The patches, worn on a jacket or hung inside a locker, were important.
Individual all-conference recognition was even something to put on a college application. A conference championship was gym-banner worthy, a source of school-wide pride.
Hernando County athletes and teams may have seen the last of all of them.
In the wake of Citrus, Crystal River and Lecanto's surprising announcement that they would leave the Gulf Coast Athletic Conference, area coaches, athletic directors and players were left angry and aghast.
"Our kids and Citrus kids are losing out on a lot," Central athletic director John Sedlack said. "(The GCAC) will not survive with four Hernando County schools."
In a letter dated Sept. 16, the Citrus County public school principals _ Mike Mullen of Citrus, Steve Myers of Crystal River and Kelly Tyler of Lecanto _ said they wanted to withdraw from the GCAC effective immediately and listed three reasons.
All three principals did not return calls from the Times Wednesday.
Three Hernando athletic directors _ Sedlack, Hernando's Matt Smith and Springstead's Bob Levija _ said they were not aware of the situation until Tuesday, when a letter from GCAC executive secretary Ron Allan (a Lecanto coach) arrived at their schools explaining the gist of the Sept. 16 letter.
"I don't understand," Sedlack said. "I've spoken to some people there, and I'm not sure if we're getting the honest to goodness story."
The conference has been in existence with Hernando and Citrus representation since 1975, and county athletic directors questioned the reasons cited by Citrus principals.
Scheduling concerns, which the letter said now are irrelevant with new schools, raised eyebrows considering some such as Wesley Chapel and Mitchell are one county south of Hernando.
"They're going to find they're spending more on traveling than they thought they could save," Sedlack said.
Money concerns also were cited, with GCAC membership costing some $2,000 per school. Half the money is used for awards, from trophies to patches to banners, yet those are highly-coveted prizes in a conference.
"Conference patches meant a lot to them," Smith said. "And when we had conference tournaments in some sports, I also think that it drew more people to come watch."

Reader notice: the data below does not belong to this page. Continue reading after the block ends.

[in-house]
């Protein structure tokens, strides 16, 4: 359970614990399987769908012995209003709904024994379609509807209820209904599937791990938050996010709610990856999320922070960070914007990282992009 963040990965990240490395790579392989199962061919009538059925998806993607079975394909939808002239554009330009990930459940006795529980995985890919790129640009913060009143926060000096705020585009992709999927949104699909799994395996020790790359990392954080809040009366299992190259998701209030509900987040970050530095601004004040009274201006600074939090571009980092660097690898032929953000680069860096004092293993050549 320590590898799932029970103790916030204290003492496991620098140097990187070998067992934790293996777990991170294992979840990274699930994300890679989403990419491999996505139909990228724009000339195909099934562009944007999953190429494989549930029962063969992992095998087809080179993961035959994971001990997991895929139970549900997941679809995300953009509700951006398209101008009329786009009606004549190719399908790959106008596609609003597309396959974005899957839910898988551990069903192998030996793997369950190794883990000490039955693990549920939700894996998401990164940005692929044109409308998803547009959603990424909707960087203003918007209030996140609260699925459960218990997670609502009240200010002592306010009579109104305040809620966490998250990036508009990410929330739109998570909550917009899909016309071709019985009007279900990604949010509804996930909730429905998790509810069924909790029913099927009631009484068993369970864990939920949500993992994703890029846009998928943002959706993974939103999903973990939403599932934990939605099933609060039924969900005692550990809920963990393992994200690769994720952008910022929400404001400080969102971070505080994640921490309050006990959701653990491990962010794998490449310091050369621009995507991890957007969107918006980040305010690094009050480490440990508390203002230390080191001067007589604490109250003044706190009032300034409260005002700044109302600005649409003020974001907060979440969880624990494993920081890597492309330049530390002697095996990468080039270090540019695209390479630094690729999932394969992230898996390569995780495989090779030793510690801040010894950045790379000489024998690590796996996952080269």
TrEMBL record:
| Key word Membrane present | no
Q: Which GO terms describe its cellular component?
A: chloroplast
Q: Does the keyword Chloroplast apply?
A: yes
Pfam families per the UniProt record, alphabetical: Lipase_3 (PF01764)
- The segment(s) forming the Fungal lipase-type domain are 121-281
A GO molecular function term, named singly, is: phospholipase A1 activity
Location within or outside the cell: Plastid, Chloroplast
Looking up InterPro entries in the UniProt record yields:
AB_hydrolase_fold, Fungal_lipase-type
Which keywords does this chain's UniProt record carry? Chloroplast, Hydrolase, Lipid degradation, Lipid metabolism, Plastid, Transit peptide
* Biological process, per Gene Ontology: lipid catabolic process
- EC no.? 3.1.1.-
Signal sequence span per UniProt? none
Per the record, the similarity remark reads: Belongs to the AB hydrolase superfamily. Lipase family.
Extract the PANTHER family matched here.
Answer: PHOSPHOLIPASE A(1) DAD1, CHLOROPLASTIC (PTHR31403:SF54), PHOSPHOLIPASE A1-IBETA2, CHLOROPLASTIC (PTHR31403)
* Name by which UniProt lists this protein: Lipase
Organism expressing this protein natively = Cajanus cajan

Citrus County school board member Ginger Bryant said saving $2,000 in conference fees would be "a piddling" to member schools.
A third issue, voting rights, also left county officials puzzled.
The Citrus principals' letter stated how the two counties occasionally would have "differing visions," and in those cases the four Hernando schools could outvote the three Citrus schools.
"In three years I've been athletic director, I don't remember it coming down to a 4-3 vote where it was all Hernando against Citrus," Smith said.
The timing of the exodus struck a nerve, with teams nearly a month into fall seasons.
"What kind of example are we setting for our athletes when our leaders are allowing them to quit the conference in the middle of the season?" Sedlack said. "I could have more easily accepted this back in May than I can in September."
Citrus athletic director Vicki Overman admitted "the timing was poor, I'll give you that" but said the issue of leaving the GCAC had been "in people's minds for a while."
The announcement leaves some fall conference competitions in doubt. Golf is scheduled for Sept. 30 in Crystal River, and swimming and cross-country conference meets are in October.
"I think it would be a shame if we didn't have the GCAC meets anymore," said Nature Coast Tech's Kali Kingsley, an all-conference swimmer last year.
"Some high school swimmers don't have the chance to swim against several schools at one time like that, and it seems unfair that they won't be allowed that experience anymore," she said.
The multi-school, cross-county competitions also frequently offer athletes far better chances for success than in state series play.
"In years we were not contenders in the state, the most important meet has been the conference race," said Hernando cross-country and track coach Ernie Chatman. "It meant something to be all-conference."
Now, however, those honors could be a thing of the past.
"I hope the powers that be can sit down and rethink this," Springstead girls golf and softball coach Craig Swartout said.
"I don't think it has hit the student body yet, but when it does, it's going to be a sad day for the kids."
_ Times staff writers Dawn Reiss and Emily Nipps contributed to this report.